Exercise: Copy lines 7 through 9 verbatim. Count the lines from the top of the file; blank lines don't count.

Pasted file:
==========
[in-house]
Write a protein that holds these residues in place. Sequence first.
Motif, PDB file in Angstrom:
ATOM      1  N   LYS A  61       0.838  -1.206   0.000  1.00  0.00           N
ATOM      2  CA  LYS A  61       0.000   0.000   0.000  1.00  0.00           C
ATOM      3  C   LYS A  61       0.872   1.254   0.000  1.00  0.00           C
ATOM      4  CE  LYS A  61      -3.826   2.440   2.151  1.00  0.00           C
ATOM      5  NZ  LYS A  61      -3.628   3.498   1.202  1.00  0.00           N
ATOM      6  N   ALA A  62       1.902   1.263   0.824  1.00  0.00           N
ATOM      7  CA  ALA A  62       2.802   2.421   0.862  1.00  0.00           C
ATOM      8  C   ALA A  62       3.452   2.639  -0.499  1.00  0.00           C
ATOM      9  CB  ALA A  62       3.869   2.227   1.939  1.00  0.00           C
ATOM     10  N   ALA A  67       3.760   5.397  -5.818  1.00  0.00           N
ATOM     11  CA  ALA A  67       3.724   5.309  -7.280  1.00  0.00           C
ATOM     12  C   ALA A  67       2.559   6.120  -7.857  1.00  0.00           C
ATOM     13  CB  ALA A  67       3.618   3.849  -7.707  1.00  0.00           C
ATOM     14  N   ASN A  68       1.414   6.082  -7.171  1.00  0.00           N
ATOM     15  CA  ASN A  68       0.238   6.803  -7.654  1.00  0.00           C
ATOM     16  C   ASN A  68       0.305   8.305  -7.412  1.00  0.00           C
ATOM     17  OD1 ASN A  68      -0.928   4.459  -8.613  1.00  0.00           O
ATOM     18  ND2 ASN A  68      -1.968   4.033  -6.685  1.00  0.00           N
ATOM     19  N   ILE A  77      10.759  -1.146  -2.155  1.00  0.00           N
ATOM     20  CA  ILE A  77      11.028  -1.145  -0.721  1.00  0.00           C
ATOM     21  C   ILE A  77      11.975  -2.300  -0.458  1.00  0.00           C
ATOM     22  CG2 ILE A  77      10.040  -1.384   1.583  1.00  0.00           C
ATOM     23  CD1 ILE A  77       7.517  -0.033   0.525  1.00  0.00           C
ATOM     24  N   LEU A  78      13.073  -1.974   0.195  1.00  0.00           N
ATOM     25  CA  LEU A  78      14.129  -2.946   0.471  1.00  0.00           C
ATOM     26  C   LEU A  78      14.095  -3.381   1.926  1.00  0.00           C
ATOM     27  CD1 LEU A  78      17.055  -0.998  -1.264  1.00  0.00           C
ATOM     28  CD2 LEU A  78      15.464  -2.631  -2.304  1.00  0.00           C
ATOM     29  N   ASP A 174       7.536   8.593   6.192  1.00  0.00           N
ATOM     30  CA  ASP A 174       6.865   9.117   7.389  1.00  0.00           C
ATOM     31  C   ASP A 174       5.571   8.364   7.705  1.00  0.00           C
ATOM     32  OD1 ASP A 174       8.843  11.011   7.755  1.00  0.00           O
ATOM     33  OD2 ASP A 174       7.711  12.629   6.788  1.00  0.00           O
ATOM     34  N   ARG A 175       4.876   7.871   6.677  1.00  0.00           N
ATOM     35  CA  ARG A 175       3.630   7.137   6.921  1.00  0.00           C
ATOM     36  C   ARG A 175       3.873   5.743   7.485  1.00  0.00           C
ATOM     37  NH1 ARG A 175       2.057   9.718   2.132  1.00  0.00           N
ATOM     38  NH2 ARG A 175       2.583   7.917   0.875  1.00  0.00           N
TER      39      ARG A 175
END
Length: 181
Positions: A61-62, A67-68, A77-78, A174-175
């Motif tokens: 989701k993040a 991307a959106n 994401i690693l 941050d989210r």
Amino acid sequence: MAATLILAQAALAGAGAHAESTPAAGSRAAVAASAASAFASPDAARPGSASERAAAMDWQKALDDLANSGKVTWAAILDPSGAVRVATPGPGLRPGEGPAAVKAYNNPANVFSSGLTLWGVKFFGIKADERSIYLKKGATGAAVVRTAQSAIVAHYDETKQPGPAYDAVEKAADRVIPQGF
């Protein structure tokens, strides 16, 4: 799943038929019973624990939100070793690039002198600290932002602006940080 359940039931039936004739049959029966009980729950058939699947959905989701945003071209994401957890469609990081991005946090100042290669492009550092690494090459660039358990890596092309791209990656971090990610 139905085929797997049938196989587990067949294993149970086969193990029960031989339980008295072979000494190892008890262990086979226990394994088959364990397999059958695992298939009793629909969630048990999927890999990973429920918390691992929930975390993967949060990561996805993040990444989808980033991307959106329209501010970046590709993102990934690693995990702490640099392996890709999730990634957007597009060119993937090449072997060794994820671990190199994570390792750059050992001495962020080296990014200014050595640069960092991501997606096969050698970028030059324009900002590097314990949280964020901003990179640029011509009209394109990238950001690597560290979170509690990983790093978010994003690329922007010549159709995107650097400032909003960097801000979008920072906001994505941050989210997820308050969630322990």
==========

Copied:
ATOM      4  CE  LYS A  61      -3.826   2.440   2.151  1.00  0.00           C
ATOM      5  NZ  LYS A  61      -3.628   3.498   1.202  1.00  0.00           N
ATOM      6  N   ALA A  62       1.902   1.263   0.824  1.00  0.00           N